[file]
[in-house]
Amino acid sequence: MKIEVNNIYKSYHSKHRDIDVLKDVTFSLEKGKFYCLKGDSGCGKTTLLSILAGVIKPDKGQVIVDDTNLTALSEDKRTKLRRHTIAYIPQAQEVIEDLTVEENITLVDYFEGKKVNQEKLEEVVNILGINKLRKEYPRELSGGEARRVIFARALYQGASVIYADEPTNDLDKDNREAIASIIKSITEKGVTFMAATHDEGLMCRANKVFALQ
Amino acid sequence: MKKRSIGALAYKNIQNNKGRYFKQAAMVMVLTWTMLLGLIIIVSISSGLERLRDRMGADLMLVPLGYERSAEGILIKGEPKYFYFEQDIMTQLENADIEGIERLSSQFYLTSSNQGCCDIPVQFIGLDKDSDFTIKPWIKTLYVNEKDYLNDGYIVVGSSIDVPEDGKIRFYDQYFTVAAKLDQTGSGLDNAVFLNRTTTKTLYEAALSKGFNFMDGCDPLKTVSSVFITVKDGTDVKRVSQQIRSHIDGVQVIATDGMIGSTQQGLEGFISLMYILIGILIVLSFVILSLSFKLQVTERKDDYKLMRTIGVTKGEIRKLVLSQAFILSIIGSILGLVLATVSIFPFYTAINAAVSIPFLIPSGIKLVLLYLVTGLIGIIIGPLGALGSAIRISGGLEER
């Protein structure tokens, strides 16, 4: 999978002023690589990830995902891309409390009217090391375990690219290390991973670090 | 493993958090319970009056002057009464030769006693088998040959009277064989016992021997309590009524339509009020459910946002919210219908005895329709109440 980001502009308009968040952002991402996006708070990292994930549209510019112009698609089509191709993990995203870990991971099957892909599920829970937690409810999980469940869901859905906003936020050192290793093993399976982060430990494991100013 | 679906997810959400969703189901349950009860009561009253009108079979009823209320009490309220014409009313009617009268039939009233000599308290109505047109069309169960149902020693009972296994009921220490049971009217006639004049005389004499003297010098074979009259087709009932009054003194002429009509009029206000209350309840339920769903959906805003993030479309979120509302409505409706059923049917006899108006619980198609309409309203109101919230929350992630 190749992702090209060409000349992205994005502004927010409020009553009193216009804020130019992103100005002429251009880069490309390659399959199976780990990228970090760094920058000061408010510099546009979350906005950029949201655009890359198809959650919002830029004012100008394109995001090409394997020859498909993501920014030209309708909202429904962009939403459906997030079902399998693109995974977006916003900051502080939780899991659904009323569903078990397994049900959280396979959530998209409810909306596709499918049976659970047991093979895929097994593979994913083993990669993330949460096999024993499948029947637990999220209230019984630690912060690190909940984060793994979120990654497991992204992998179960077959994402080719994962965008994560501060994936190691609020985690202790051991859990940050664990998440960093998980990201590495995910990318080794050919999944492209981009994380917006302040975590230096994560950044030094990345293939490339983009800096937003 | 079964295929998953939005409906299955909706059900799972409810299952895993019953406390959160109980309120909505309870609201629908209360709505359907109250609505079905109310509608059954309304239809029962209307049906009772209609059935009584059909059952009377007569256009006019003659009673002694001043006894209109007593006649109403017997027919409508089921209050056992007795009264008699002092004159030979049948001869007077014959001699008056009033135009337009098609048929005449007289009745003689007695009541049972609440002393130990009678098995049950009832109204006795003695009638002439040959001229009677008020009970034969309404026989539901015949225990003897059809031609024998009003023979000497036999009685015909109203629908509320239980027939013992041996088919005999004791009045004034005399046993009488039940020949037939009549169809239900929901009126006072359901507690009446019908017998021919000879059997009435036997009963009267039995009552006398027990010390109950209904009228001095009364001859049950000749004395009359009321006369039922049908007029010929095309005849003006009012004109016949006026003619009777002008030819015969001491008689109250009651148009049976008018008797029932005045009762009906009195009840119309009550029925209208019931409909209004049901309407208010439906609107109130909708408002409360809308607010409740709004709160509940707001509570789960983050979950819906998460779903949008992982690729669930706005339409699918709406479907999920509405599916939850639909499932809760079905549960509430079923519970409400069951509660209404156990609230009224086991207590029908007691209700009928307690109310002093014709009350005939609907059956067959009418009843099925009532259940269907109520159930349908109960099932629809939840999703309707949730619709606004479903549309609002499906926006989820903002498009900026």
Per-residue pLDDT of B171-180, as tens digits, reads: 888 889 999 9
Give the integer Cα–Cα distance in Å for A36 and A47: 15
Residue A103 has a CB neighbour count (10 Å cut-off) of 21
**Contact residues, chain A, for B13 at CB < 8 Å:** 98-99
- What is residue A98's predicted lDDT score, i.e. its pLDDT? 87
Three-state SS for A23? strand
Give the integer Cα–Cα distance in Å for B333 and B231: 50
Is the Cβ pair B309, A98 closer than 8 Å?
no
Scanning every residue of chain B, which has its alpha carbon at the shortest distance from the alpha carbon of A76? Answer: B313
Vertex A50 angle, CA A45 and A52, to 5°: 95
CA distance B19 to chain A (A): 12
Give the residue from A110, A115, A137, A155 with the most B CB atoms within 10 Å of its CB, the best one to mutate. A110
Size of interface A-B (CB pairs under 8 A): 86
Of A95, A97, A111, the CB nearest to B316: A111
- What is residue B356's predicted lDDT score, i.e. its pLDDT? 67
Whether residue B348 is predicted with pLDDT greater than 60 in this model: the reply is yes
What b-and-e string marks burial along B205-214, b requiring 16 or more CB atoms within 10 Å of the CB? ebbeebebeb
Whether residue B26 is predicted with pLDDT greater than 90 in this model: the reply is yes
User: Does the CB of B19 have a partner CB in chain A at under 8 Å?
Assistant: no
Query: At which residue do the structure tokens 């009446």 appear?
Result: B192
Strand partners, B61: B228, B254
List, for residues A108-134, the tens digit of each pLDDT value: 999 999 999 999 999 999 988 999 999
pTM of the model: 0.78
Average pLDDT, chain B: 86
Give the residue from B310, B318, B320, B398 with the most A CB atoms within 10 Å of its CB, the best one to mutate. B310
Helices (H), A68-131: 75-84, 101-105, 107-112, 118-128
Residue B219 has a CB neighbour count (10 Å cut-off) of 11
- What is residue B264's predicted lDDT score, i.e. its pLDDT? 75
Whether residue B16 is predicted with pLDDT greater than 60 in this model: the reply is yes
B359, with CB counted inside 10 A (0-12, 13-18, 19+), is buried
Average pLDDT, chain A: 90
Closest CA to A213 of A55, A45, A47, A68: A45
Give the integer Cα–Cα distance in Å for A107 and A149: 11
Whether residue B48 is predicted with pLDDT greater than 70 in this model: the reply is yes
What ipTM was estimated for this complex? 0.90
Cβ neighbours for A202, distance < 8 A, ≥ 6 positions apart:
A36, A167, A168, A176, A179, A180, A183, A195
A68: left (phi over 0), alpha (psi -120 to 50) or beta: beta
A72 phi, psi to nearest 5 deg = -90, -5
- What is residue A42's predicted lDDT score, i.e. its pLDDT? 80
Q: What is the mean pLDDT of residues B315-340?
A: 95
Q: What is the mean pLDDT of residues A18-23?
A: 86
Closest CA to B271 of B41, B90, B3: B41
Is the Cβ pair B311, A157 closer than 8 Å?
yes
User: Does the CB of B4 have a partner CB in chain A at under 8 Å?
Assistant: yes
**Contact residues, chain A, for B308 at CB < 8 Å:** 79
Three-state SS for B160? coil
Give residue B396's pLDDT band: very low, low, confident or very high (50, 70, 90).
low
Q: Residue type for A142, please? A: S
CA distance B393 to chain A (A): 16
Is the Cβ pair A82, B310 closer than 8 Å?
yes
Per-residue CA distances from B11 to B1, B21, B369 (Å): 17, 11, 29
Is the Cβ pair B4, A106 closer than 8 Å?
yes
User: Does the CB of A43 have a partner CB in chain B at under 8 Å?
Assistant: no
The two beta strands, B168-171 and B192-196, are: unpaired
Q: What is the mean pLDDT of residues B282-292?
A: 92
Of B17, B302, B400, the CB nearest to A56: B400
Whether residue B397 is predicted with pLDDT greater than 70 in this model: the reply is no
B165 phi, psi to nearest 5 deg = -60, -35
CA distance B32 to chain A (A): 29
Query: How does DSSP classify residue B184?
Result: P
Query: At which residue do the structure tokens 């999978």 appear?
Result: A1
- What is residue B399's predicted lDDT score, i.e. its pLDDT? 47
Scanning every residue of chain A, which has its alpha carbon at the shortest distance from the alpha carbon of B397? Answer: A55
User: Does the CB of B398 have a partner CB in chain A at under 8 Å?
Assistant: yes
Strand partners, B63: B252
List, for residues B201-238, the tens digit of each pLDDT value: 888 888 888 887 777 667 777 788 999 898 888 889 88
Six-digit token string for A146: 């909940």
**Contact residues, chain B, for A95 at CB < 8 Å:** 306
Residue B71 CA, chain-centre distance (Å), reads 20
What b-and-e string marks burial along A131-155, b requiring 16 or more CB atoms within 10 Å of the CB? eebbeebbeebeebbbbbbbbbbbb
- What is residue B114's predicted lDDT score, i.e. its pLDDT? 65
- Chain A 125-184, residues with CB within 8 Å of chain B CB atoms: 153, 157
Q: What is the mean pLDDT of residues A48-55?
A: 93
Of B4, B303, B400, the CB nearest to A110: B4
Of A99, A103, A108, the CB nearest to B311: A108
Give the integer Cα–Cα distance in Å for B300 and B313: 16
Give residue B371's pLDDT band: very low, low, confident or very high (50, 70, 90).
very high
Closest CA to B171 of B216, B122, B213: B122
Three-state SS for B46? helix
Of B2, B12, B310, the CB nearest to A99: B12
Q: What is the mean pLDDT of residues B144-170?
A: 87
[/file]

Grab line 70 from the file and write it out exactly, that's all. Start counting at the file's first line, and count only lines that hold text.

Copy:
The two beta strands, B168-171 and B192-196, are: unpaired